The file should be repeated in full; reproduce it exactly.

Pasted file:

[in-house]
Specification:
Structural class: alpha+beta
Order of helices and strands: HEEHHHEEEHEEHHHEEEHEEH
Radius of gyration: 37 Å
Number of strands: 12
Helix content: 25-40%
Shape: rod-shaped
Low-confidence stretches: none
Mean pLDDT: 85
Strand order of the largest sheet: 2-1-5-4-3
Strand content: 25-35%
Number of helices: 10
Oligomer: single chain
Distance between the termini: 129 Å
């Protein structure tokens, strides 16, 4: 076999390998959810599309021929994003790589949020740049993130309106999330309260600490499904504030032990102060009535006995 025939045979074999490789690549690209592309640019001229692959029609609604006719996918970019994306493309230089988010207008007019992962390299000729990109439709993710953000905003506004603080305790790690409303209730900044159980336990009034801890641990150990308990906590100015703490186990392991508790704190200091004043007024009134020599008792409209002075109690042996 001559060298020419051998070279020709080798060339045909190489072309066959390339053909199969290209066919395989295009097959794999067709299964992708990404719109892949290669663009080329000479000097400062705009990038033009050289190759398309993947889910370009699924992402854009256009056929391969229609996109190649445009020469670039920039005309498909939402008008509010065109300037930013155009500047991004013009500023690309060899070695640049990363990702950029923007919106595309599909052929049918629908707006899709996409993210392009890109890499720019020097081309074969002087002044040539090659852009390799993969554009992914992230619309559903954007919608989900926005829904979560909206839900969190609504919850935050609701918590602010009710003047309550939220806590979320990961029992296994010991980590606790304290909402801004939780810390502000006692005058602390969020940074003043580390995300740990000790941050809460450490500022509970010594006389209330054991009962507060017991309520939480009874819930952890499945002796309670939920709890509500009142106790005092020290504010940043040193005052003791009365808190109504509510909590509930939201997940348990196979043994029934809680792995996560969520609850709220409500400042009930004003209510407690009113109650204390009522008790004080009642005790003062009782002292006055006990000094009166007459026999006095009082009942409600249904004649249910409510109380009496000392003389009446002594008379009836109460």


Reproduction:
[in-house]
Specification:
Structural class: alpha+beta
Order of helices and strands: HEEHHHEEEHEEHHHEEEHEEH
Radius of gyration: 37 Å
Number of strands: 12
Helix content: 25-40%
Shape: rod-shaped
Low-confidence stretches: none
Mean pLDDT: 85
Strand order of the largest sheet: 2-1-5-4-3
Strand content: 25-35%
Number of helices: 10
Oligomer: single chain
Distance between the termini: 129 Å
């Protein structure tokens, strides 16, 4: 076999390998959810599309021929994003790589949020740049993130309106999330309260600490499904504030032990102060009535006995 025939045979074999490789690549690209592309640019001229692959029609609604006719996918970019994306493309230089988010207008007019992962390299000729990109439709993710953000905003506004603080305790790690409303209730900044159980336990009034801890641990150990308990906590100015703490186990392991508790704190200091004043007024009134020599008792409209002075109690042996 001559060298020419051998070279020709080798060339045909190489072309066959390339053909199969290209066919395989295009097959794999067709299964992708990404719109892949290669663009080329000479000097400062705009990038033009050289190759398309993947889910370009699924992402854009256009056929391969229609996109190649445009020469670039920039005309498909939402008008509010065109300037930013155009500047991004013009500023690309060899070695640049990363990702950029923007919106595309599909052929049918629908707006899709996409993210392009890109890499720019020097081309074969002087002044040539090659852009390799993969554009992914992230619309559903954007919608989900926005829904979560909206839900969190609504919850935050609701918590602010009710003047309550939220806590979320990961029992296994010991980590606790304290909402801004939780810390502000006692005058602390969020940074003043580390995300740990000790941050809460450490500022509970010594006389209330054991009962507060017991309520939480009874819930952890499945002796309670939920709890509500009142106790005092020290504010940043040193005052003791009365808190109504509510909590509930939201997940348990196979043994029934809680792995996560969520609850709220409500400042009930004003209510407690009113109650204390009522008790004080009642005790003062009782002292006055006990000094009166007459026999006095009082009942409600249904004649249910409510109380009496000392003389009446002594008379009836109460």